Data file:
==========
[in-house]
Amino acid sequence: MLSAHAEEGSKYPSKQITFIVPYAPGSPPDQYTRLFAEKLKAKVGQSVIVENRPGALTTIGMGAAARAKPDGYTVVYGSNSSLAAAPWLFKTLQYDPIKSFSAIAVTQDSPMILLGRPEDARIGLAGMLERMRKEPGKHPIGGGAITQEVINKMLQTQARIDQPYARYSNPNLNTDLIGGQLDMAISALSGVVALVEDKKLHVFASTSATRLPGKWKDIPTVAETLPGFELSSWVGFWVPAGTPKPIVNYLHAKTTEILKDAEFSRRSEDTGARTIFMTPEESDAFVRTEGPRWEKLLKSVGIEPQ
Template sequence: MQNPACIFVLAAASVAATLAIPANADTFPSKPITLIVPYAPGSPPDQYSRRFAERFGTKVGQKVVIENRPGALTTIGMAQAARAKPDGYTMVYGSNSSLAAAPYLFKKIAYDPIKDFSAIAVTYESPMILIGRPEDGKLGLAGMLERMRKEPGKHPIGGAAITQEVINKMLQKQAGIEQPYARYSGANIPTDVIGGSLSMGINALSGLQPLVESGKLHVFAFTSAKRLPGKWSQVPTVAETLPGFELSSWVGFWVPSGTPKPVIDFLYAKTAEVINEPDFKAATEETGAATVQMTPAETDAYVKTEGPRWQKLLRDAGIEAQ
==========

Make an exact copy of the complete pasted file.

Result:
[in-house]
Amino acid sequence: MLSAHAEEGSKYPSKQITFIVPYAPGSPPDQYTRLFAEKLKAKVGQSVIVENRPGALTTIGMGAAARAKPDGYTVVYGSNSSLAAAPWLFKTLQYDPIKSFSAIAVTQDSPMILLGRPEDARIGLAGMLERMRKEPGKHPIGGGAITQEVINKMLQTQARIDQPYARYSNPNLNTDLIGGQLDMAISALSGVVALVEDKKLHVFASTSATRLPGKWKDIPTVAETLPGFELSSWVGFWVPAGTPKPIVNYLHAKTTEILKDAEFSRRSEDTGARTIFMTPEESDAFVRTEGPRWEKLLKSVGIEPQ
Template sequence: MQNPACIFVLAAASVAATLAIPANADTFPSKPITLIVPYAPGSPPDQYSRRFAERFGTKVGQKVVIENRPGALTTIGMAQAARAKPDGYTMVYGSNSSLAAAPYLFKKIAYDPIKDFSAIAVTYESPMILIGRPEDGKLGLAGMLERMRKEPGKHPIGGAAITQEVINKMLQKQAGIEQPYARYSGANIPTDVIGGSLSMGINALSGLQPLVESGKLHVFAFTSAKRLPGKWSQVPTVAETLPGFELSSWVGFWVPSGTPKPVIDFLYAKTAEVINEPDFKAATEETGAATVQMTPAETDAYVKTEGPRWQKLLRDAGIEAQ